A blog named BETTY

Thursday, September 11, 2008

Feeding the Art Geek

I had one of those life-changing experiences yesterday. Hubby and I went with our dear friends Paul and Merrie to the Monet to Dali exhibit at the Utah Museum of Modern Art (that's UMFA, or even uuummmmpha for those of us too lazy to pronounce five extra words) (me). This is a traveling expedition from the Cleveland Museum of Art. (You'll have to ask a Clevelanite to find out what lazy people there call it.)

I SAW REAL ART!!! Not that all art isn't real art, mind you--it's just that when I see actual objects I studied about in college, I get a little excited. Okay, A LOT excited. There was hyperventilation...I kid you not. When I stood next to Rodin's "The Thinker," I literally teared up. (It's one of several casts done of the sculpture, of course, but still...) Paul and Merrie had already been once to the exhibition, and Hubby...well, Hubby obviously connects with masterpieces much more quickly than I do. So they all gave up on staying with me by the 5th painting. Therefore, I was alone (which was fine--less pressure). The problem was, I kept forgetting that I wasn't totally ALONE, and strange noises kept escaping from my mouth. I'm sure a few people thought I was possessed. Maybe I was, but I'll embrace that demon every day! I just could.not.believe what I'd find around every corner, so those little gasps and foreign sounds were completely out of my control.

Here's a sampling of just a few pieces I saw:

Of course, Rodin's "The Thinker" (and many more of his works--amazing):

Picasso's "Harlequin and Violin 1918":

Dali's "The Dream":

and Van Gogh's "The Poplars at Saint-Remy 1889." No print I've ever seen could do this one justice. It was SO VIVID in real life.

Oh, and I can't leave out the Mondrian I saw! I was in total awe of that, a lot because it's so widely printed and imitated in modern life. But none of the reproductions show the actual brushstrokes, and that gave me chills. Sometimes it looks like a 1st grader (or a computer) could do the same simple thing, but when you see the small, deliberate brushstrokes he used, you see the care and patience it must've taken. I stood with my face 2 inches from the painting for a long time. (Between that and the noises, I think people were starting to give me a wide berth!) So, here's "Composition with Red, Yellow, and Blue 1927"(The biggest image I could find, unfortunately. Good luck seeing those brushstrokes!):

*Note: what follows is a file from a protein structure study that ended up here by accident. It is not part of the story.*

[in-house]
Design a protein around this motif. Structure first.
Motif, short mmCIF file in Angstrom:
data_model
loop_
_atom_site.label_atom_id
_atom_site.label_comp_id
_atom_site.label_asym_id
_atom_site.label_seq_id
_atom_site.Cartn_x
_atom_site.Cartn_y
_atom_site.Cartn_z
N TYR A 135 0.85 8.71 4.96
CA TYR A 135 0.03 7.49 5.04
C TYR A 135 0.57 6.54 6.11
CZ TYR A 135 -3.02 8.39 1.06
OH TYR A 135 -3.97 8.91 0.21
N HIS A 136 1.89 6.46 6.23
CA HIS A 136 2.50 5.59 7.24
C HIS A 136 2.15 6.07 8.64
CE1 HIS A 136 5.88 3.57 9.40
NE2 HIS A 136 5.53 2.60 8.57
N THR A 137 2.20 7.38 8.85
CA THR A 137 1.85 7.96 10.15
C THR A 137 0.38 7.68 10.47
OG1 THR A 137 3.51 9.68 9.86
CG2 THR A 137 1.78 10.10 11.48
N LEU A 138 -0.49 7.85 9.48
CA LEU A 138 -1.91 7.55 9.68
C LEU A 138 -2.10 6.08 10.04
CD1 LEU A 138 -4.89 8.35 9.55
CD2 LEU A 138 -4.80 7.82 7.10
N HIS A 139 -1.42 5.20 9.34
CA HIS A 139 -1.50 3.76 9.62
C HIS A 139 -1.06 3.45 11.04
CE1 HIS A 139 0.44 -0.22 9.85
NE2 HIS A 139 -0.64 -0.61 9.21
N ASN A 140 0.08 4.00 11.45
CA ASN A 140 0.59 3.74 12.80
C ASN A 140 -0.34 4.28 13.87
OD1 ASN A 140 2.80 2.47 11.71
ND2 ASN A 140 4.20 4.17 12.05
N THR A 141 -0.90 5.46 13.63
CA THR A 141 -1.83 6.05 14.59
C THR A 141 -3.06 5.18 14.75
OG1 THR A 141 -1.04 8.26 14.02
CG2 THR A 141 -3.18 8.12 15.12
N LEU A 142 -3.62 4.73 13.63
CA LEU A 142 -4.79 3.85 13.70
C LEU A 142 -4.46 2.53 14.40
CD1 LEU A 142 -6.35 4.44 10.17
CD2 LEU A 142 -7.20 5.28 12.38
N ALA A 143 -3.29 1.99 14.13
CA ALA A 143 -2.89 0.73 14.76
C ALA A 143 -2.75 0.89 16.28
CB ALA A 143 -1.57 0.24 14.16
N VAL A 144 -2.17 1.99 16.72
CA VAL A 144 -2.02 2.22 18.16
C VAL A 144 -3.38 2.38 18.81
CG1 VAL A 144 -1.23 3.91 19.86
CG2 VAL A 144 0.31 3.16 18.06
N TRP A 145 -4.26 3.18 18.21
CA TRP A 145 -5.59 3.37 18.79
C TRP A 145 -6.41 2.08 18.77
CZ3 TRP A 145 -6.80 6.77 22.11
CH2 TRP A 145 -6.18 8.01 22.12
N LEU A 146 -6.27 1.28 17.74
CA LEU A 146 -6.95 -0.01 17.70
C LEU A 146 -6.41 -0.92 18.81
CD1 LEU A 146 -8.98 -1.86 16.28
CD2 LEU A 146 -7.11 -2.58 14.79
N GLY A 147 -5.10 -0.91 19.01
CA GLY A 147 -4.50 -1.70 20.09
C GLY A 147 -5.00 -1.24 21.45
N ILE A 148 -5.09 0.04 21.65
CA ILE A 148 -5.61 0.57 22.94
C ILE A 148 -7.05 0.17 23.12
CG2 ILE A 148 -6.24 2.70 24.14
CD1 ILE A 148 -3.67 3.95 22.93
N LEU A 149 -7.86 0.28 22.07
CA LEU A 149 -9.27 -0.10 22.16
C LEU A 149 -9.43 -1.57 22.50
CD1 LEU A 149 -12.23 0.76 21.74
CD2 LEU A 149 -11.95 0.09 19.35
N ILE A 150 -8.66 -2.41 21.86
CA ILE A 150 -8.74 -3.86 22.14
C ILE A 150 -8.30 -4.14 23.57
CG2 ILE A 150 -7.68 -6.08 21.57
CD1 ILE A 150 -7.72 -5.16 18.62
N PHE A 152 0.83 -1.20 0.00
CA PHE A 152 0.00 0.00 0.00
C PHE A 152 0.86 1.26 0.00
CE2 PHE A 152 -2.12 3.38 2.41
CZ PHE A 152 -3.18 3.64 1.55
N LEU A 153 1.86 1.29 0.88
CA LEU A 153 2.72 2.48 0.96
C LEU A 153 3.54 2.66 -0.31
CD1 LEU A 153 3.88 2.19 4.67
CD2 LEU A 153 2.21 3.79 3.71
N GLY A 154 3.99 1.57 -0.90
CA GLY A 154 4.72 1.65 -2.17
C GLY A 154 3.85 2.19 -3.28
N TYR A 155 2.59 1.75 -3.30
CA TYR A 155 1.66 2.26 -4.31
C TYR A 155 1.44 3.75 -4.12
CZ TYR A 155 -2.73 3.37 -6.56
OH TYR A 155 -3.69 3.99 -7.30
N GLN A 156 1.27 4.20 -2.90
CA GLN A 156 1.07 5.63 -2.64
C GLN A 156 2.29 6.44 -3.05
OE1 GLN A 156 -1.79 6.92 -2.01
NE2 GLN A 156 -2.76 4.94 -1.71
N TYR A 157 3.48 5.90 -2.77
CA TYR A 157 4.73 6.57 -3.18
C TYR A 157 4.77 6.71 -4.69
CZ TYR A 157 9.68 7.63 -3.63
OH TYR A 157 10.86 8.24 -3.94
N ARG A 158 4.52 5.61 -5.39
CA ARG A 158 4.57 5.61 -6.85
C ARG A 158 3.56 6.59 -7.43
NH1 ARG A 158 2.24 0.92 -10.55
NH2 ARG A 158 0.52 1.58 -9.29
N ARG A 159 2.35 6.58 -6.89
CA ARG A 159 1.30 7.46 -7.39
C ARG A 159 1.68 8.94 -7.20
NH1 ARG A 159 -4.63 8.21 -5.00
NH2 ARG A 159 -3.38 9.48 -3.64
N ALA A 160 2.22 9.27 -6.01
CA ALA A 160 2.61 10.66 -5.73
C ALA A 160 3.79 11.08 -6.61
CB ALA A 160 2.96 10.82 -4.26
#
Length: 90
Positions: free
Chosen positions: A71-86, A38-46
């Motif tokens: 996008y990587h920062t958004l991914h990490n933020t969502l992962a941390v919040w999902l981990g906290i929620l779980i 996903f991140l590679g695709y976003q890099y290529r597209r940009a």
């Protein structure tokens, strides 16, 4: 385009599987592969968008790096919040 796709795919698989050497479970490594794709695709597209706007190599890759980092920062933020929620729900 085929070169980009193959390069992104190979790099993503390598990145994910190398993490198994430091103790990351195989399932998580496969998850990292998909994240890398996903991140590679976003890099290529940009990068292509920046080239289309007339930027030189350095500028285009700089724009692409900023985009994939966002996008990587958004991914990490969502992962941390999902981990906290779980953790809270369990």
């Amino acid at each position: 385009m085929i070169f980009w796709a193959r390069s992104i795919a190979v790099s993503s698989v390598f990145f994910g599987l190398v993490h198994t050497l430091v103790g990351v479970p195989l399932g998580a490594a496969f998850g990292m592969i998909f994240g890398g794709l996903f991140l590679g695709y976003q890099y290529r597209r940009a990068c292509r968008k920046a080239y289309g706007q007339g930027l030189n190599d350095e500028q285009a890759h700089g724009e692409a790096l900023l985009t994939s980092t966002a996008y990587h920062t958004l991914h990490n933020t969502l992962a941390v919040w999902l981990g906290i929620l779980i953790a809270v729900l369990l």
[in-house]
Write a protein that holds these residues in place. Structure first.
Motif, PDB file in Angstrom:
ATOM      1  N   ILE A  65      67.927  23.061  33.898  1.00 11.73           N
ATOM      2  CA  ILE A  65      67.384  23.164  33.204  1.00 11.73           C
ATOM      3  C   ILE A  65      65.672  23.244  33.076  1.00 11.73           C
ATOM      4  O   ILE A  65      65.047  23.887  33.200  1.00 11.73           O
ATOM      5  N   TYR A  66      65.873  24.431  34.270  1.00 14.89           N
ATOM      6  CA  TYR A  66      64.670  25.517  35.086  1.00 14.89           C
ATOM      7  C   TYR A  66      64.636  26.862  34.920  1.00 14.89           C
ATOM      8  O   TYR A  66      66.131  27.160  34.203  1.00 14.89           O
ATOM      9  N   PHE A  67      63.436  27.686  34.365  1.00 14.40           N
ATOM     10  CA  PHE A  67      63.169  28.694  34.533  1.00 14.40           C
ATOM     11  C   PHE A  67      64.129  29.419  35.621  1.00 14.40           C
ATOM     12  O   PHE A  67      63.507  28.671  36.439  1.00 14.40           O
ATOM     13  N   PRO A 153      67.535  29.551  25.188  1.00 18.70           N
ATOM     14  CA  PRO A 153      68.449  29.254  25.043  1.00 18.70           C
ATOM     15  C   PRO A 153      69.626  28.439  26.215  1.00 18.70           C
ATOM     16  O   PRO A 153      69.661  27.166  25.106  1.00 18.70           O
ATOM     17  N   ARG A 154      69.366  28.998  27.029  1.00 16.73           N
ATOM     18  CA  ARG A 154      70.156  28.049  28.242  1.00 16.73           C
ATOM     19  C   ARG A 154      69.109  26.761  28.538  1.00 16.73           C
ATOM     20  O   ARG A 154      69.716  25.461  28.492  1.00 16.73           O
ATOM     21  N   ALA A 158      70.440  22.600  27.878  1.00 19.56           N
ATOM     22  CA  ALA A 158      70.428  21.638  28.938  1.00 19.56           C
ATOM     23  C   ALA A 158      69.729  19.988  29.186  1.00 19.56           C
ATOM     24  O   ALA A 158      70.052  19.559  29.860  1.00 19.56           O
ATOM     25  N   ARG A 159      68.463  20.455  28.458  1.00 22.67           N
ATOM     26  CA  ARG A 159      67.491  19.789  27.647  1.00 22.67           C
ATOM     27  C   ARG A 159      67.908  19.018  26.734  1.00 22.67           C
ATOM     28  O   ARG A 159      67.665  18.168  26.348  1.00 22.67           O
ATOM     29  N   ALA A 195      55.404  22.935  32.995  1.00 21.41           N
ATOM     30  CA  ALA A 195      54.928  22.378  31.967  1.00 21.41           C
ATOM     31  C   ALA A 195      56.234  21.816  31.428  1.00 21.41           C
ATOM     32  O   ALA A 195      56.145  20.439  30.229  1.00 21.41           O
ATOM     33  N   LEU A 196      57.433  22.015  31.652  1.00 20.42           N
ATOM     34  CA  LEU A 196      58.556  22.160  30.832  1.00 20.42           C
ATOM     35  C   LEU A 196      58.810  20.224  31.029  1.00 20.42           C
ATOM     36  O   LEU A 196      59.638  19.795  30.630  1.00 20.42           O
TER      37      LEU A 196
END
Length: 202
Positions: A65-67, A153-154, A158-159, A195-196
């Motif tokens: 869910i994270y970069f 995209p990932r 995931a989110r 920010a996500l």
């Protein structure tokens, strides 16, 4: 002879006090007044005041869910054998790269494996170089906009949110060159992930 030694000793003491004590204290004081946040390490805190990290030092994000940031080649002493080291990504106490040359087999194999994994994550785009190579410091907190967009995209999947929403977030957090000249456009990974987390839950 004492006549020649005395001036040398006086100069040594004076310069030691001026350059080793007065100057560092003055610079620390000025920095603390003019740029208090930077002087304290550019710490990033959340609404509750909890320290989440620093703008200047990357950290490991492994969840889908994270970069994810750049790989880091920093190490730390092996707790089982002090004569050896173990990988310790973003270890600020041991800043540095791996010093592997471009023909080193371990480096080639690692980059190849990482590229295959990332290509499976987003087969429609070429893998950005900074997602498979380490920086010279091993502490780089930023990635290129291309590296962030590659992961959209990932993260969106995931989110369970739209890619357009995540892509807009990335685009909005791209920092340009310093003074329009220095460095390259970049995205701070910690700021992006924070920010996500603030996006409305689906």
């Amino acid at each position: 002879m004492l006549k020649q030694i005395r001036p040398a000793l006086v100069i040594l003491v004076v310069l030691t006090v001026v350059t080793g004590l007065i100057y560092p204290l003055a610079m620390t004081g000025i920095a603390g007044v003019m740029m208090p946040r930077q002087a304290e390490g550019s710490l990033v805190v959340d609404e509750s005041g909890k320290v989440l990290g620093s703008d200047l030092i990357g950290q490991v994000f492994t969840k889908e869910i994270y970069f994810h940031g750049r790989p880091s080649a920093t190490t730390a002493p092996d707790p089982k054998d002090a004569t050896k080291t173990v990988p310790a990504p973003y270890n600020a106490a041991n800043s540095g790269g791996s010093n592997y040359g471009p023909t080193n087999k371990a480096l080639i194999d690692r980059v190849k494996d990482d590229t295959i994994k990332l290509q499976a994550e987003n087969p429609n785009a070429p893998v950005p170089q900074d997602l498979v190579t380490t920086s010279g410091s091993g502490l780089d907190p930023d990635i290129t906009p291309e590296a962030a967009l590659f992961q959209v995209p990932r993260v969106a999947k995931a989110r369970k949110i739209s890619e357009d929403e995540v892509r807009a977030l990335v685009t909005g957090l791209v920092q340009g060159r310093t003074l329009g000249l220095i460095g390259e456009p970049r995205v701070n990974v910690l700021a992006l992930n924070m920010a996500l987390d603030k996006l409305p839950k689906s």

And remember--these are just a mere fraction of the masterpieces I saw. All of those artists had many more works on display, plus there were numerous works by Matisse, Monet, Gauguin, Seurat, Renior, and on and on and on. I was literally breathless when I met up with my toe-tapping party (not really--they were very patient). It took me 10 minutes to feel like I wasn't going to pass out. I'm gonna go back with my kids next week, if my health can endure it. Maybe an oxygen tank is in order.

5 comments:

The Crabtree Chronicles said...

That is exactly how I feel when I see art that I have studied. It would be so fun to go with you sometime....wait....we'd probably make more of a scene. Jumping up and down and squealing while we hold hands....oh those museum guards would love us. :)

Tiffany said...

Todd and I love to visit art museums, we went to the Seattle art museum a few different times to see certain exhibts. It's amazing to me the talent some were given and feel fortunate that we can enjoy it today. To bad the art museums here don't quite live up to those standards we're use to. Glad you could enjoy it! Enjoy it for me next time you go.

Malinda said...

I totally get it Erin. I would have been right there with you. When I lived in NY I would go to see art around town and I would just stand and be amazed. Of course there were the ones that I said "I could do that" I have those moments too. How cool that you can take your kids. I woder if that same group is comming to Washington?

Becky said...

Jealous. Jealous. And, oh yeah, jealous! Kyle is going to see it next week. sigh I'm going to go watch a slug crawl around.

Jen said...

Ditto Becky. I remember seeing the Van Gogh exhibit in Washington DC and it was the first time I'd seen anything real. I cried the whole time. They really are a million times more amazing in real life! Yay you for getting to go!